Online Boxing Training Classes & Courses for Kids
Boxing is a combat sport in which two people, usually wearing protective gloves and other protective equipment such as hand wraps and mouthguards, throw punches at each other for a predetermined amount of time in a boxing ring. There are four generally accepted boxing styles that are used to define fighters. These are the swarmer, out-boxer, slugger, and boxer-puncher. Many boxers do not always fit into these categories, and it's not uncommon for a fighter to change their style over a period of time. A winner can be resolved before the completion of the rounds when a referee deems an opponent incapable of continuing, disqualification of an opponent, or resignation of an opponent. When the fight reaches the end of its final round with both opponents still standing, the judges' scorecards determine the victor. In the event that both fighters gain equal scores from the judges, professional bouts are considered a draw. In Olympic boxing, because a winner must be declared, judges award the contest to one fighter on technical criteria.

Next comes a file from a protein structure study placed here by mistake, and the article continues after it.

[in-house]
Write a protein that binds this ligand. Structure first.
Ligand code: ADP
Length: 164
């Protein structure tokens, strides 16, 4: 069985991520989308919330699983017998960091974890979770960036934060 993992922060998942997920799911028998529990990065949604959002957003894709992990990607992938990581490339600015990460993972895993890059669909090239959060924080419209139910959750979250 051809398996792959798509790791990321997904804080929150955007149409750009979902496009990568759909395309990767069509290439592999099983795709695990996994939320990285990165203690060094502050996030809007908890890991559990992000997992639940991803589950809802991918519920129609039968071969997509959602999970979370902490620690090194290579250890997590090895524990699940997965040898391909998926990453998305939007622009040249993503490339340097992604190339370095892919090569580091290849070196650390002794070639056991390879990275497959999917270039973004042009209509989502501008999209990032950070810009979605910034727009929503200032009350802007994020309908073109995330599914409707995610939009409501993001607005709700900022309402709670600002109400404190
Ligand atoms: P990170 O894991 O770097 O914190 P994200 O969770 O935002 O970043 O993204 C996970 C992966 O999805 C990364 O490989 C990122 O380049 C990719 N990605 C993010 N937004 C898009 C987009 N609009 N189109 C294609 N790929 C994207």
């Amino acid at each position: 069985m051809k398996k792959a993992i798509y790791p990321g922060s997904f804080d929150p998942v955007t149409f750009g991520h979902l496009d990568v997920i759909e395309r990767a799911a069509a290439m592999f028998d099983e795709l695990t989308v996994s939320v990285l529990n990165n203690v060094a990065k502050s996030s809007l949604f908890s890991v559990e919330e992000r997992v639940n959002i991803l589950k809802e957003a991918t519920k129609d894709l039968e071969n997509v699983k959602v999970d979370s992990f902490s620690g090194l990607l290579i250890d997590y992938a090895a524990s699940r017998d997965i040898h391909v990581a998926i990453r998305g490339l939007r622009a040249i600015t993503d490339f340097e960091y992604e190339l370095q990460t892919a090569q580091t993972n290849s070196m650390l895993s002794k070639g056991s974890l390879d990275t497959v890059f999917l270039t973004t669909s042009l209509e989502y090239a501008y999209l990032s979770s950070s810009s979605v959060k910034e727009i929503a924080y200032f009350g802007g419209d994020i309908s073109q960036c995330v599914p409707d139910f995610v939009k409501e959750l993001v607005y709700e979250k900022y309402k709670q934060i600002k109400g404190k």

While humans have fought in hand-to-hand combat since the dawn of human history, the earliest evidence of fist-fighting sporting contests dates back to the ancient Near East in the 3rd and 2nd millennia BC. The earliest evidence of boxing rules dates back to Ancient Greece, where boxing was established as an Olympic game in 688 BC. Boxing evolved from 16th- and 18th-century prizefights, largely in Great Britain, to the forerunner of modern boxing in the mid-19th century with the 1867 introduction of the Marquess of Queensberry Rules. The modern sport arose from illegal venues and outlawed prizefighting and has become a multibillion-dollar commercial enterprise. A majority of young talent still comes from poverty-stricken areas around the world. Places like Mexico, Africa, South America, and Eastern Europe prove to be filled with young aspiring athletes who wish to become the future of boxing. Even in the U.S., places like the inner cities of New York, and Chicago have given rise to promising young talent. According to Rubin, "boxing lost its appeal with the American middle class, and most of who boxes in modern America come from the streets and are street fighters". A boxing match typically consists of a determined number of three-minute rounds, a total of up to 9 to 12 rounds. A minute is typically spent between each round with the fighters in their assigned corners receiving advice and attention from their coach and staff. The fight is controlled by a referee who works within the ring to judge and control the conduct of the fighters, rule on their ability to fight safely, count knocked-down fighters, and rule on fouls.